“Mum,” asked Goldilocks, “Can we have green spaghetti for tea? We haven’t had it for ages.”
I have resisted buying a new blender because the processor part of the machine still works fine and is adequate for soups and houmous. But our basil crop will grow and sooner or later I’ll get the urge to make pesto. Trying to do all things sustainably I should’ve probably gone out and bought a huge pestle and mortar, but my eco-halo ever wonky, I went to Argos and bought a mini electric blender.
I was determined not to compound this act of worshipful consumerism at the alter of Argos by buying supermarket basil. Our slope may not look much like a garden yet but it yields a rich supply of organically grown weeds. My solution lies in the plant below, garlic mustard or jack-by-the hedge. It’s edible leaves can be used in salads, wilted like spinach or ground into pesto.
If you’re collecting wild plants for food, make sure you collect them from areas that you know are not treated with pesticides. Pick off insects and wash the plants thoroughly.
To make Hedgerow Pesto, whizz together (or pound in your huge pestle and mortar if you are a better person than me!) 100mls nut oil, two to three plump garlic cloves, a heaped teaspoon of sea salt, three large handfuls of washed jack-by-the-hedge and a handful of hazel nuts.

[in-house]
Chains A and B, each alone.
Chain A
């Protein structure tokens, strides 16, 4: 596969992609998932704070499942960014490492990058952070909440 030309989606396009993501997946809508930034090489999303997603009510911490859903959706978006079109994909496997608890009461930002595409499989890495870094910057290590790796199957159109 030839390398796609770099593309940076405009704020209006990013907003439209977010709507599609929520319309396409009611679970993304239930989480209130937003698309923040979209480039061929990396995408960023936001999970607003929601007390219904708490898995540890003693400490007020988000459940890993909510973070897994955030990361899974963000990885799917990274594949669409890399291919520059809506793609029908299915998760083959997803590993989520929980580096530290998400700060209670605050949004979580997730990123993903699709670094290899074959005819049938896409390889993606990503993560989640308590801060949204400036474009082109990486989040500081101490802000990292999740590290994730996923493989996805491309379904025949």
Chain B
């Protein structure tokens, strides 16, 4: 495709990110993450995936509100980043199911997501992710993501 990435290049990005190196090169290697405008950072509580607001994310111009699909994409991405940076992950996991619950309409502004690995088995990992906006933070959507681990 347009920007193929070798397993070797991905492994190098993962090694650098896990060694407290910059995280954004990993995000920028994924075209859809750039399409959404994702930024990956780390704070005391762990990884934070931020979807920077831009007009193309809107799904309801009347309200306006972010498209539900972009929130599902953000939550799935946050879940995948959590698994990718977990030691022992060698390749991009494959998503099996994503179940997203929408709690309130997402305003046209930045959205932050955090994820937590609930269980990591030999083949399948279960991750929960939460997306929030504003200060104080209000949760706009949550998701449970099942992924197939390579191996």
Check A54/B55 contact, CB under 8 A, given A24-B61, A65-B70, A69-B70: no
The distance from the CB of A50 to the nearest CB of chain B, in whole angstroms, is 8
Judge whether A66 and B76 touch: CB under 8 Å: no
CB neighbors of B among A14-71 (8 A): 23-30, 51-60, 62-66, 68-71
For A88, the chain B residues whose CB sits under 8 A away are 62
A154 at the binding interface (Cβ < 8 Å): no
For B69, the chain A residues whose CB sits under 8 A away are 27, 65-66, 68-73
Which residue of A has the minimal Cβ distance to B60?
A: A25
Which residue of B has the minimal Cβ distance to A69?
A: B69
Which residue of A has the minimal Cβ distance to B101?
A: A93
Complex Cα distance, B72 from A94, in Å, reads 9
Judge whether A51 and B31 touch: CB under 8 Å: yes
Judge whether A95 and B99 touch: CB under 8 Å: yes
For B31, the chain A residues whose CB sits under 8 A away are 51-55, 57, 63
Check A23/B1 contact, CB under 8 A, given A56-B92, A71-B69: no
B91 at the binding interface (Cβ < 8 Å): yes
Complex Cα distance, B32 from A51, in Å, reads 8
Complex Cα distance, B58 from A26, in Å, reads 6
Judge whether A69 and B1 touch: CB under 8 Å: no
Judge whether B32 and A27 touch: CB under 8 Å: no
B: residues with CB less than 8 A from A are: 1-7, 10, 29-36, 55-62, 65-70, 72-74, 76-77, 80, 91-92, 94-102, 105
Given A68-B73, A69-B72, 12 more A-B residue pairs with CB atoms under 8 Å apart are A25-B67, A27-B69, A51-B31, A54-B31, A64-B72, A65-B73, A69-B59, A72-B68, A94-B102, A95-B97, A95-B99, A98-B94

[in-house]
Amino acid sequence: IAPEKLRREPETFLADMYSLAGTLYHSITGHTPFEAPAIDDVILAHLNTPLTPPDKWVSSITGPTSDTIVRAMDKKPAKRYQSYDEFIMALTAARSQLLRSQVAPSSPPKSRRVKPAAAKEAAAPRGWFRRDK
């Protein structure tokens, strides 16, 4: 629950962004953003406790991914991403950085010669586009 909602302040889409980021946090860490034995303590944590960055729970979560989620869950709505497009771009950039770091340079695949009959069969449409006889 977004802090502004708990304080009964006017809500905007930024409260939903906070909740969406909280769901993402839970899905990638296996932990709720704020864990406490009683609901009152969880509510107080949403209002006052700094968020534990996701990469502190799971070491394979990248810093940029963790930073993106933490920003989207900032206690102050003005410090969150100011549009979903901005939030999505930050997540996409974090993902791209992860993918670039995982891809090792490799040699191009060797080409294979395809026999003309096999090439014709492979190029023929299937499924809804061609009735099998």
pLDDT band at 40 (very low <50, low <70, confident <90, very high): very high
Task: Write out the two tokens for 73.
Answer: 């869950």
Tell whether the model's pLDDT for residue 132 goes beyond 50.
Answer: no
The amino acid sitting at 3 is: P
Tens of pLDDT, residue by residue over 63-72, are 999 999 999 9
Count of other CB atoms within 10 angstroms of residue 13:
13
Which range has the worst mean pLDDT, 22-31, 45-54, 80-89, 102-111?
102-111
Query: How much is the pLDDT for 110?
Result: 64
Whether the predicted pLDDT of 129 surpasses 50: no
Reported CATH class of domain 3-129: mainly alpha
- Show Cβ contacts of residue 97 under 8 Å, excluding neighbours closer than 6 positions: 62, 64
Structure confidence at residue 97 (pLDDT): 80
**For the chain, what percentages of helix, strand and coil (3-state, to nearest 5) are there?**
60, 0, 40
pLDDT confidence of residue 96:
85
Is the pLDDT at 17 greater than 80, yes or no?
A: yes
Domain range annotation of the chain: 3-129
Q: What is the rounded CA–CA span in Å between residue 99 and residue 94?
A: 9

If you live in a place called Hazlehurst you may well have collected and stored plenty of nuts from last autumn, if not (ahem!) like me you can buy them from your local health food store.
The other wild goody on the canal right now is watercress. The best place to look is in the overflows, where there is generally a constant but gentle flow of water. Here’s a nice little patch Willow and I found on our Sunday walk. I was torn between letting it grow more and the fear that if I didn’t take it someone else would. I left it, but then three hours later went back for it!
As I am feeling very generous with my pictures this week I though I’d treat you to this pic of hedgerow promise to come. This crab apple over looks the fields at the back of the house. This particular field seems to be permanently flooded now, but this was not always the case, and may be the result of particularly wet recent winters and summers.